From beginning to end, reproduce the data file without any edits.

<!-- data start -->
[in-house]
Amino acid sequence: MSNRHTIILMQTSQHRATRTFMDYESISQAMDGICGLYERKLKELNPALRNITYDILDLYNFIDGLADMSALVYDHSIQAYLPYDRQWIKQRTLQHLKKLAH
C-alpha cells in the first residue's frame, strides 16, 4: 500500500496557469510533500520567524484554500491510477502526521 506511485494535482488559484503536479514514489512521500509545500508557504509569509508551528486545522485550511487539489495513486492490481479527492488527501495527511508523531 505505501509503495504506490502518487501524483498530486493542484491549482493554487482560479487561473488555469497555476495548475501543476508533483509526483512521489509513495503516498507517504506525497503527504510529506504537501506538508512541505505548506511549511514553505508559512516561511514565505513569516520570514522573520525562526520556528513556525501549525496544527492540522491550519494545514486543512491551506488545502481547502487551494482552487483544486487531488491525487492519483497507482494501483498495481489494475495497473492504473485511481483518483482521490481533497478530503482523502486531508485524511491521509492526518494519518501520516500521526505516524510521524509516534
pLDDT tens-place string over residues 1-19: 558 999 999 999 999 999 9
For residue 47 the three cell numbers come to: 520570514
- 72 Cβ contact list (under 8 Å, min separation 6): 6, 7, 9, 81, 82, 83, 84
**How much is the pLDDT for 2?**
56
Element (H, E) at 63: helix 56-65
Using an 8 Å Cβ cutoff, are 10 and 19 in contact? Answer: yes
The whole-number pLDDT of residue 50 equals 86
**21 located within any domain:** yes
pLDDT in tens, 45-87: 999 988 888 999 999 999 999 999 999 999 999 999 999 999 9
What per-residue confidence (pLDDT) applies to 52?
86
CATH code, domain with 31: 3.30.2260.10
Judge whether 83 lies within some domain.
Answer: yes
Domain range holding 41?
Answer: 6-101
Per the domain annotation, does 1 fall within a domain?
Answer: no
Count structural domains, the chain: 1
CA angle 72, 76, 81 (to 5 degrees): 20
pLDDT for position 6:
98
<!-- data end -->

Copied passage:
[in-house]
Amino acid sequence: MSNRHTIILMQTSQHRATRTFMDYESISQAMDGICGLYERKLKELNPALRNITYDILDLYNFIDGLADMSALVYDHSIQAYLPYDRQWIKQRTLQHLKKLAH
C-alpha cells in the first residue's frame, strides 16, 4: 500500500496557469510533500520567524484554500491510477502526521 506511485494535482488559484503536479514514489512521500509545500508557504509569509508551528486545522485550511487539489495513486492490481479527492488527501495527511508523531 505505501509503495504506490502518487501524483498530486493542484491549482493554487482560479487561473488555469497555476495548475501543476508533483509526483512521489509513495503516498507517504506525497503527504510529506504537501506538508512541505505548506511549511514553505508559512516561511514565505513569516520570514522573520525562526520556528513556525501549525496544527492540522491550519494545514486543512491551506488545502481547502487551494482552487483544486487531488491525487492519483497507482494501483498495481489494475495497473492504473485511481483518483482521490481533497478530503482523502486531508485524511491521509492526518494519518501520516500521526505516524510521524509516534
pLDDT tens-place string over residues 1-19: 558 999 999 999 999 999 9
For residue 47 the three cell numbers come to: 520570514
- 72 Cβ contact list (under 8 Å, min separation 6): 6, 7, 9, 81, 82, 83, 84
**How much is the pLDDT for 2?**
56
Element (H, E) at 63: helix 56-65
Using an 8 Å Cβ cutoff, are 10 and 19 in contact? Answer: yes
The whole-number pLDDT of residue 50 equals 86
**21 located within any domain:** yes
pLDDT in tens, 45-87: 999 988 888 999 999 999 999 999 999 999 999 999 999 999 9
What per-residue confidence (pLDDT) applies to 52?
86
CATH code, domain with 31: 3.30.2260.10
Judge whether 83 lies within some domain.
Answer: yes
Domain range holding 41?
Answer: 6-101
Per the domain annotation, does 1 fall within a domain?
Answer: no
Count structural domains, the chain: 1
CA angle 72, 76, 81 (to 5 degrees): 20
pLDDT for position 6:
98